Year after year, we print and re-print fairy tales. What is it that makes them valuable? [...] surely the tales do not teach morality. Remember the egregious brutality of that spoiled princess in The Frog King who, after hurling the little animal who helped her against the wall, gets rewarded. [...] Nor do the tales psychologize or philosophize. What they do, instead, is what all great children’s literature does: they literalize metaphor. They lower their glittering buckets deep into the psyche’s well. [...] Not quite like ancient myths, which use nymphs and satyrs to explain recurring natural phenomena; nor like fables, whose timeless moral lessons are parlayed through the escapades of animal characters; nor like legends, which exude the pungent aromas of one particular locale and its history, fairy tales are [...] stories made to summon wonder, horror, enchantment—and not necessarily anything more. Uncanny in the purest sense of the word, which is to say, both bizarre and familiar at once[....] the Grimms’ tales match, with an almost miraculous precision, children’s own ways of thinking. They transform contiguity into causality, and they maximize contrast.Mixing these characteristics into a D&D would give it a fairy tale flavor. Here's a quick example. Take the idium/cliche "ton of bricks". Imagine the ruler of a small kingdom, who was forced (for whatever reason—war, famine, corruption) to make very difficult decisions. One of his policies hurt a witch. The witch put a curse on him: every time one of his decisions harmed one of his subjects, a lead ingot would appear in his vicinity. Over the course of a few months, his castle filled with lead ingots. Eventually, the structure collapsed, killing him and his family. That's your dungeon— a ruined castle full of lead ingots. This could present some interesting challenges to adventurers, and a backstory for the players to uncover as they explore.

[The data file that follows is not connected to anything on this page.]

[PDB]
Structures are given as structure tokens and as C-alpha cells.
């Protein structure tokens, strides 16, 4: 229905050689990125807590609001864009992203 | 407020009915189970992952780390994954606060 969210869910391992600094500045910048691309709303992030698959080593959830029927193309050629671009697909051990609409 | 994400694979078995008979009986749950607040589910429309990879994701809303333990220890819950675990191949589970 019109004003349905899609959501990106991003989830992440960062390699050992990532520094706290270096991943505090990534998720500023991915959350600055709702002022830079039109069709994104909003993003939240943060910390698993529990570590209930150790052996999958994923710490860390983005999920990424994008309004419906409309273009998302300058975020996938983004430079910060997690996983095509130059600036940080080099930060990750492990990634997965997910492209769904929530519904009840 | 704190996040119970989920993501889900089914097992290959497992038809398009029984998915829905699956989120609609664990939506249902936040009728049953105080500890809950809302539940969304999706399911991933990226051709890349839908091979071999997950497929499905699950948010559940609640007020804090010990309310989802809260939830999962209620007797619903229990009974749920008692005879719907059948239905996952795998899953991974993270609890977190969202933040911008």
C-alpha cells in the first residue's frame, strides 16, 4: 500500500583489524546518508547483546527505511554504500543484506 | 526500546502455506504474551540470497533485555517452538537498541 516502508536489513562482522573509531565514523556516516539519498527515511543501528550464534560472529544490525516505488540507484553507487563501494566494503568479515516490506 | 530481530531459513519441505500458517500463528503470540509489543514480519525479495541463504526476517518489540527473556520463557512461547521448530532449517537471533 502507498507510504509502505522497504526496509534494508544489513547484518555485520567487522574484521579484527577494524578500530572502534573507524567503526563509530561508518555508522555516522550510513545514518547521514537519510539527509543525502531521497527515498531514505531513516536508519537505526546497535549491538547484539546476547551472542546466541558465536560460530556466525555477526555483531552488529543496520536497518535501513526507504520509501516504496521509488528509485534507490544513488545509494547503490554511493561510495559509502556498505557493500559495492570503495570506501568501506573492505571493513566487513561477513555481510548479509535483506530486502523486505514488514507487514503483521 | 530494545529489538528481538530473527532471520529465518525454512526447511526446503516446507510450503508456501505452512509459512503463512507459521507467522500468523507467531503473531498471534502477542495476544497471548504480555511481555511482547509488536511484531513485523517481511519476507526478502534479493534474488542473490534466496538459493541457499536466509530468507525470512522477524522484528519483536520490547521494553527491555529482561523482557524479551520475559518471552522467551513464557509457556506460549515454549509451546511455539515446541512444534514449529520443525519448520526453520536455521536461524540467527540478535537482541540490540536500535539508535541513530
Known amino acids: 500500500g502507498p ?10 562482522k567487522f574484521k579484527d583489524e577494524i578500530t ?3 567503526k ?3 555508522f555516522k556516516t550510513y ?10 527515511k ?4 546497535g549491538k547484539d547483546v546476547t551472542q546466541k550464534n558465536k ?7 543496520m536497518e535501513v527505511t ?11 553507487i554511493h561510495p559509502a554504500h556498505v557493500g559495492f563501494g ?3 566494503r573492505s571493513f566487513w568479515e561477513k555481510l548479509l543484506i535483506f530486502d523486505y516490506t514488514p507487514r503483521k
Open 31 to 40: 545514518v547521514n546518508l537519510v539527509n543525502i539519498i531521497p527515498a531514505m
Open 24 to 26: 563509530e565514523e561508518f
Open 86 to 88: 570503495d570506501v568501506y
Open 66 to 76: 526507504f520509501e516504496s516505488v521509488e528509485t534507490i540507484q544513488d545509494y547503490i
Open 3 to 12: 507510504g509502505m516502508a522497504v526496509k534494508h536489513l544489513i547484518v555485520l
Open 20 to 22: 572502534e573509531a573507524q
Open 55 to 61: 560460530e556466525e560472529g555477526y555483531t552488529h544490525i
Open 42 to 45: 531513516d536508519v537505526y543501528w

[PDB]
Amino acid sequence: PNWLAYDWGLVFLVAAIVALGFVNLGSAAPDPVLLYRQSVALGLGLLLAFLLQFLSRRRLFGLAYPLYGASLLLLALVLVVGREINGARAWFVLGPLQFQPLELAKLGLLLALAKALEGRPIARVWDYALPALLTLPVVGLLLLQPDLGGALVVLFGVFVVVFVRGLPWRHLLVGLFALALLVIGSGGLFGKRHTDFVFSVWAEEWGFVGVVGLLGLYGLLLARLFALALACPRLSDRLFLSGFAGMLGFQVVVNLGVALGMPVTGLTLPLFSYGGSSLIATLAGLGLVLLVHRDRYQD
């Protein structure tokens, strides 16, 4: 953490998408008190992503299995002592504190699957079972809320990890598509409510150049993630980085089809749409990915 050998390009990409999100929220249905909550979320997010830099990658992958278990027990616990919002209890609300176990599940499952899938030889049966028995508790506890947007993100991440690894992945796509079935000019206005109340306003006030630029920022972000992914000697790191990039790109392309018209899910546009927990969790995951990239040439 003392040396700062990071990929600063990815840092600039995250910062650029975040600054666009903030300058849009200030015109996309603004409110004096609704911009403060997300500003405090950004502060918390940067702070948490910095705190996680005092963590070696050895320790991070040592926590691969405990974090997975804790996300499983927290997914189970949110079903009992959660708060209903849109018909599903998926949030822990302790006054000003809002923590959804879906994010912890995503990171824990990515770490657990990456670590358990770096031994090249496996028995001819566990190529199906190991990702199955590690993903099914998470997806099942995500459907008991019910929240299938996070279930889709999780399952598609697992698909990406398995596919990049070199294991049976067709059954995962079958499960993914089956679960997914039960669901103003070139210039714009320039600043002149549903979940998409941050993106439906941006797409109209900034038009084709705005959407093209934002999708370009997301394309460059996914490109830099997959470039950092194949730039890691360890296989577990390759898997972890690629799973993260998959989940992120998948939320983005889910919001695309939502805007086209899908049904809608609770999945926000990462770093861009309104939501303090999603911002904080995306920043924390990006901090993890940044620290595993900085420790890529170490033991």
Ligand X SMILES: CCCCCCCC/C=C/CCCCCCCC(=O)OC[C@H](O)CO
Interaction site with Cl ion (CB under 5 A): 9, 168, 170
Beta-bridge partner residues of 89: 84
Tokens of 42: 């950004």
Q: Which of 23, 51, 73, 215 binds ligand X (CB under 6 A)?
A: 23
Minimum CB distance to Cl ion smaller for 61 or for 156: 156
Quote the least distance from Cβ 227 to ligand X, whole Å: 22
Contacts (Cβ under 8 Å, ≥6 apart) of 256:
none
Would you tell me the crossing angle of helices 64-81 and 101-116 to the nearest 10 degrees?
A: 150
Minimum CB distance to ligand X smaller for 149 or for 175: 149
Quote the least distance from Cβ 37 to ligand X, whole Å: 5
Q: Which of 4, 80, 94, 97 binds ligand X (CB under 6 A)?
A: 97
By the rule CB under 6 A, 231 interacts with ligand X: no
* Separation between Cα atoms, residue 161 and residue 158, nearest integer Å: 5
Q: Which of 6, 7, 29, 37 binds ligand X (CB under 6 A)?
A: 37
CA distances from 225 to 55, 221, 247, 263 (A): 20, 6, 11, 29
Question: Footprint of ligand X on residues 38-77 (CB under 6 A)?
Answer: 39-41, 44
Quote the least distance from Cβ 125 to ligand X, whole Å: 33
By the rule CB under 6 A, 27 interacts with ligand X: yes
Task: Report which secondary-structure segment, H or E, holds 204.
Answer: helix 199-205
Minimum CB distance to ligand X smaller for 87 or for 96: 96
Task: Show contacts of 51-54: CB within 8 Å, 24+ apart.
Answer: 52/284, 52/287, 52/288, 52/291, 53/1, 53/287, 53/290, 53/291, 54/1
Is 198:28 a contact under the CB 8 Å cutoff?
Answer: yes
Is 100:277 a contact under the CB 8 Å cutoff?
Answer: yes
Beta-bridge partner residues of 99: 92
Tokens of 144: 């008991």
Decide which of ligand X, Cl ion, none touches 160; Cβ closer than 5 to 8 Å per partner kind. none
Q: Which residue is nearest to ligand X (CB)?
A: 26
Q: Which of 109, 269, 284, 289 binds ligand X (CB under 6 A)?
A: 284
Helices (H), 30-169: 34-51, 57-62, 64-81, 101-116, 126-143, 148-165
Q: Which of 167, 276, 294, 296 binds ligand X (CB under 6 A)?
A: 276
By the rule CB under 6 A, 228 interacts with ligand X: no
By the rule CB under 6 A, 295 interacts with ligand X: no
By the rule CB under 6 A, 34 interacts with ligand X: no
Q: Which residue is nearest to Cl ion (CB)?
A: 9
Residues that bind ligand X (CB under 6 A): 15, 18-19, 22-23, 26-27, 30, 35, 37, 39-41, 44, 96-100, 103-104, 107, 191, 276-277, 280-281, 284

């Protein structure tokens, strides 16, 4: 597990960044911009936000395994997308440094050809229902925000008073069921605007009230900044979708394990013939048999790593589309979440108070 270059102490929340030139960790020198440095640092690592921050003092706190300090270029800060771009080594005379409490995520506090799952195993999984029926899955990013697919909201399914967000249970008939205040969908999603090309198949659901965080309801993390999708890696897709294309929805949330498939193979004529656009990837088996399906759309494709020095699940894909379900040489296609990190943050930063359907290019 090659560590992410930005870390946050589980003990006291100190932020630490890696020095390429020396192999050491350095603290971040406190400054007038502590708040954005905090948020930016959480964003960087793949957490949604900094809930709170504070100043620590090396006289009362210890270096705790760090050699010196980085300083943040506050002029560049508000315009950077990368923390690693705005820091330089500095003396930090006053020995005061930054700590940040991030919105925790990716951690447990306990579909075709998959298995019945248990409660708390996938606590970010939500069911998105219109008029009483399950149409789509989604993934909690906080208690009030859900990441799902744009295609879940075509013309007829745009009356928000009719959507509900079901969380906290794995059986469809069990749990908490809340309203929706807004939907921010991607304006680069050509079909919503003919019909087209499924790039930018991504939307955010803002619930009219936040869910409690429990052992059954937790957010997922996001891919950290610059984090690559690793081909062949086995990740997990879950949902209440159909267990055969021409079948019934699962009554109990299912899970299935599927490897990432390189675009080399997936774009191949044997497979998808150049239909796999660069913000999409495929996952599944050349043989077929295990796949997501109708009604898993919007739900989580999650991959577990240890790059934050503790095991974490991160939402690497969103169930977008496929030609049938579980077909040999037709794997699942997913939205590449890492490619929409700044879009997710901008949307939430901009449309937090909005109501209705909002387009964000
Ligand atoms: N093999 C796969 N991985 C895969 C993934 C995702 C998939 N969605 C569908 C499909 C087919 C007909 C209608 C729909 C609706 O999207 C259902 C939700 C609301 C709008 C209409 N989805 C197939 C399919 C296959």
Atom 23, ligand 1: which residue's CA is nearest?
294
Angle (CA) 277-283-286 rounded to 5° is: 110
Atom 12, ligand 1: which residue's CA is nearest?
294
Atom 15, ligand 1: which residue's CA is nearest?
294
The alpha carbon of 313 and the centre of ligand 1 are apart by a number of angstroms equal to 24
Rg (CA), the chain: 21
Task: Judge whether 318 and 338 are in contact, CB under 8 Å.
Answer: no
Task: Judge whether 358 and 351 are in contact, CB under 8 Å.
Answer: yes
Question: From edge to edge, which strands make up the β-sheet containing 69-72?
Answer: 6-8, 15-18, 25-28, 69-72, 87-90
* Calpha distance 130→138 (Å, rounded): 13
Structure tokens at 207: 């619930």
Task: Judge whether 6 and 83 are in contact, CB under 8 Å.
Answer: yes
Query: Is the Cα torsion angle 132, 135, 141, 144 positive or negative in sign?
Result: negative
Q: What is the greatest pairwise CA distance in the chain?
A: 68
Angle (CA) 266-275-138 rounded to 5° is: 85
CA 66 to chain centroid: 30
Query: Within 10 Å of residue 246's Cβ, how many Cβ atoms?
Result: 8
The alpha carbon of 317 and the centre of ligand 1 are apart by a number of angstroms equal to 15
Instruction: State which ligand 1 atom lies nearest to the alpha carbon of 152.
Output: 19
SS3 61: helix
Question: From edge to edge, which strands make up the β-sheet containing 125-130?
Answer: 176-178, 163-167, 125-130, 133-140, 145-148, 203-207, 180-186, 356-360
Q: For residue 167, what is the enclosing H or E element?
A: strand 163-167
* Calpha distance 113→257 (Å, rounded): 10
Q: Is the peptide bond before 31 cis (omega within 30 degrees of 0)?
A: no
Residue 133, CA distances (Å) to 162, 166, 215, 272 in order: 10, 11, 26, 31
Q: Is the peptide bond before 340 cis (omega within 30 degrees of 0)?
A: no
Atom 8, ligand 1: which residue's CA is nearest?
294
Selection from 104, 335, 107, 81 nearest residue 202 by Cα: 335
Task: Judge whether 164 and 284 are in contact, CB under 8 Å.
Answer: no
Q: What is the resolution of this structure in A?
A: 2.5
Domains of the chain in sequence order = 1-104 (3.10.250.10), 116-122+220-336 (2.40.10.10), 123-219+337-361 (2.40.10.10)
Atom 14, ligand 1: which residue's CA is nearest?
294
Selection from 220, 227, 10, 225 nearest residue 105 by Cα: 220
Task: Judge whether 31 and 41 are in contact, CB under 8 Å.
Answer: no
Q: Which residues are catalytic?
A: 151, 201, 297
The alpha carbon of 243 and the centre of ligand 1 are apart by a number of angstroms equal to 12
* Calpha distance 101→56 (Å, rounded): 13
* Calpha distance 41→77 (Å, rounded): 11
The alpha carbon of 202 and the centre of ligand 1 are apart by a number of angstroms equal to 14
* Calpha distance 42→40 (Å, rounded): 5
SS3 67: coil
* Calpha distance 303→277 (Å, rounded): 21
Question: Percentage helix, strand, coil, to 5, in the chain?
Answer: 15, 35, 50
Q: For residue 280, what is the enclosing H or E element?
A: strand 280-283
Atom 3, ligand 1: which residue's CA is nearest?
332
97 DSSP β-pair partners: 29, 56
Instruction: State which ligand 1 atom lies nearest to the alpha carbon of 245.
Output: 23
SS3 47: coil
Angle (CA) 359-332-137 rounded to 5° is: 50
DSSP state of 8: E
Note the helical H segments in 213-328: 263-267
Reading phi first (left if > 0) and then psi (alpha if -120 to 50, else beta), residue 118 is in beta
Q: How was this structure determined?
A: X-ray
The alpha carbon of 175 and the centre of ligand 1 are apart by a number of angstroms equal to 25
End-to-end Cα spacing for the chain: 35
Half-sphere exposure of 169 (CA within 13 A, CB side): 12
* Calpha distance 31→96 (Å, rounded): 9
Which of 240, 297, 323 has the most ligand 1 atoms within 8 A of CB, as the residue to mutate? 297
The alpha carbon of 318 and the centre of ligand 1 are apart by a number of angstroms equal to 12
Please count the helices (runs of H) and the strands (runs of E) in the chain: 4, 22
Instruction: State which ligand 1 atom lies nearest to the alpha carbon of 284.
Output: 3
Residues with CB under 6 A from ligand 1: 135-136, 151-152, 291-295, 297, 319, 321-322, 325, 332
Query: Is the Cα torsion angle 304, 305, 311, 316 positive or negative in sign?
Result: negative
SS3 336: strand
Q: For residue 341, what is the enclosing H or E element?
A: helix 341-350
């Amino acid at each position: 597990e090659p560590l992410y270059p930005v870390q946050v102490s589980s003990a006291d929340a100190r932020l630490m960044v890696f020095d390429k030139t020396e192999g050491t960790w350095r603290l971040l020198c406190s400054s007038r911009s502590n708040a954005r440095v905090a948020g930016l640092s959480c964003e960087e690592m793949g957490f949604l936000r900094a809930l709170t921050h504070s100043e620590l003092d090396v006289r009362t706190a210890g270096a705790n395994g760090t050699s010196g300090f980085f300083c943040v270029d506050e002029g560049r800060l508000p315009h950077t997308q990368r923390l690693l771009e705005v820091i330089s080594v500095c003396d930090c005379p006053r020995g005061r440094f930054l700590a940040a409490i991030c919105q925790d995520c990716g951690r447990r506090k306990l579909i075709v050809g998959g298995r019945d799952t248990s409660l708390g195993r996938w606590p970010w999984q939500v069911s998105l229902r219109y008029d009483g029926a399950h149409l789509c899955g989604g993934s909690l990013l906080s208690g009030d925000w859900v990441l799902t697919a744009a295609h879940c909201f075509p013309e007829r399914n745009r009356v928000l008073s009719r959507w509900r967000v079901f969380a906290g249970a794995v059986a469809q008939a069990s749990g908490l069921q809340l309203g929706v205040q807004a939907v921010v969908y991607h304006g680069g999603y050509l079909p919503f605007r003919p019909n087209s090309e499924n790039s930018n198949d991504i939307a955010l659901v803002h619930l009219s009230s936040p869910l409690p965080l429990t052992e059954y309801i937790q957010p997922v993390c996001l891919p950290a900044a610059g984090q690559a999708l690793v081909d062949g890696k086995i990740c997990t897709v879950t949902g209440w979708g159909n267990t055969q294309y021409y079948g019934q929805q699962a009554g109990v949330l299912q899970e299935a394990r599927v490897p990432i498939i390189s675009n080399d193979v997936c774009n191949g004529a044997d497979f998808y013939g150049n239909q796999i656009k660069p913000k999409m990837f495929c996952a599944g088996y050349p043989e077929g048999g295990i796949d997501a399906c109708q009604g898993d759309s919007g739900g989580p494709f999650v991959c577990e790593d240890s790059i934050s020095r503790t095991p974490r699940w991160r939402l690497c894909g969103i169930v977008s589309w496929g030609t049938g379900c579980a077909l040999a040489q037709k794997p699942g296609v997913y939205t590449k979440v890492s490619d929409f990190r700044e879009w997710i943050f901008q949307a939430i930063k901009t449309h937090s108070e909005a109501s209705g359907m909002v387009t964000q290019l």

Tuesday, October 5, 2010
Fairy tale inspirations
While there's considerable second-hand fairy tale influence from writers like Tolkien and Lord Dunsany, the direct influence of fairy tales on Dungeons & Dragons seems surprisingly small. This is not necessarily the case—your individual campaign setting or a particular adventure might have a strong fairy tale vibe. For example, many elements of Zak's game have to my mind a fairy tale sensibility (e.g.—snakes are books). I started thinking about fairy tales after reading a book review, which articulated some characteristic of the genre particularly well. This is a much abridged sample of the review, wherein I bolded several instructive points: